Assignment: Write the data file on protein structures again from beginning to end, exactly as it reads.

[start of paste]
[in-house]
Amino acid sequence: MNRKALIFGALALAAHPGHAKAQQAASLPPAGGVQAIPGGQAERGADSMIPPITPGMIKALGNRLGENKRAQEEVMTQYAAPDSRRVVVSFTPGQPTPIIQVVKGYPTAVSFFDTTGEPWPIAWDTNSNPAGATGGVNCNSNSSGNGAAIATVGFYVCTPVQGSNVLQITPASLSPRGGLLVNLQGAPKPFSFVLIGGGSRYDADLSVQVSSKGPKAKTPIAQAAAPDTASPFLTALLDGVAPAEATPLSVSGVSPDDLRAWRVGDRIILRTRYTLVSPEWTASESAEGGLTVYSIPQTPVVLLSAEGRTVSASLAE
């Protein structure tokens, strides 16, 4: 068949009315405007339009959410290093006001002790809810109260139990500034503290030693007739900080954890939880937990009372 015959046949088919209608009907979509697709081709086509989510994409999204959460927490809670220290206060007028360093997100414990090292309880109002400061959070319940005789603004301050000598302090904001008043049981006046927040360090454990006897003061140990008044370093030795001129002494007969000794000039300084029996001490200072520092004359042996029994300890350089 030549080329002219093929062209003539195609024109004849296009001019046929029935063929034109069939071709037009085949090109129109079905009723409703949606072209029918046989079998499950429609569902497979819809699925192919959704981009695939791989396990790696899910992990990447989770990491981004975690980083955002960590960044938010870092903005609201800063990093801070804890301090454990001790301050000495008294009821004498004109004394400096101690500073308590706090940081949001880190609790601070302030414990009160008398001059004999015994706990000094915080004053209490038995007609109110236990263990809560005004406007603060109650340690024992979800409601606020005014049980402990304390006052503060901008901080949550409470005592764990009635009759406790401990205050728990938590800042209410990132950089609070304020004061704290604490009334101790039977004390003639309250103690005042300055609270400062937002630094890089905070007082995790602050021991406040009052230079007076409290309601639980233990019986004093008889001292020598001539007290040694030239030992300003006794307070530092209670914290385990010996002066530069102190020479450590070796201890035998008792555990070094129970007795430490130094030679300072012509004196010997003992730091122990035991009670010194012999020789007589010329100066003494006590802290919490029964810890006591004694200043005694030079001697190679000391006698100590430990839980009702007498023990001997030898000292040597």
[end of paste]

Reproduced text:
[in-house]
Amino acid sequence: MNRKALIFGALALAAHPGHAKAQQAASLPPAGGVQAIPGGQAERGADSMIPPITPGMIKALGNRLGENKRAQEEVMTQYAAPDSRRVVVSFTPGQPTPIIQVVKGYPTAVSFFDTTGEPWPIAWDTNSNPAGATGGVNCNSNSSGNGAAIATVGFYVCTPVQGSNVLQITPASLSPRGGLLVNLQGAPKPFSFVLIGGGSRYDADLSVQVSSKGPKAKTPIAQAAAPDTASPFLTALLDGVAPAEATPLSVSGVSPDDLRAWRVGDRIILRTRYTLVSPEWTASESAEGGLTVYSIPQTPVVLLSAEGRTVSASLAE
């Protein structure tokens, strides 16, 4: 068949009315405007339009959410290093006001002790809810109260139990500034503290030693007739900080954890939880937990009372 015959046949088919209608009907979509697709081709086509989510994409999204959460927490809670220290206060007028360093997100414990090292309880109002400061959070319940005789603004301050000598302090904001008043049981006046927040360090454990006897003061140990008044370093030795001129002494007969000794000039300084029996001490200072520092004359042996029994300890350089 030549080329002219093929062209003539195609024109004849296009001019046929029935063929034109069939071709037009085949090109129109079905009723409703949606072209029918046989079998499950429609569902497979819809699925192919959704981009695939791989396990790696899910992990990447989770990491981004975690980083955002960590960044938010870092903005609201800063990093801070804890301090454990001790301050000495008294009821004498004109004394400096101690500073308590706090940081949001880190609790601070302030414990009160008398001059004999015994706990000094915080004053209490038995007609109110236990263990809560005004406007603060109650340690024992979800409601606020005014049980402990304390006052503060901008901080949550409470005592764990009635009759406790401990205050728990938590800042209410990132950089609070304020004061704290604490009334101790039977004390003639309250103690005042300055609270400062937002630094890089905070007082995790602050021991406040009052230079007076409290309601639980233990019986004093008889001292020598001539007290040694030239030992300003006794307070530092209670914290385990010996002066530069102190020479450590070796201890035998008792555990070094129970007795430490130094030679300072012509004196010997003992730091122990035991009670010194012999020789007589010329100066003494006590802290919490029964810890006591004694200043005694030079001697190679000391006698100590430990839980009702007498023990001997030898000292040597």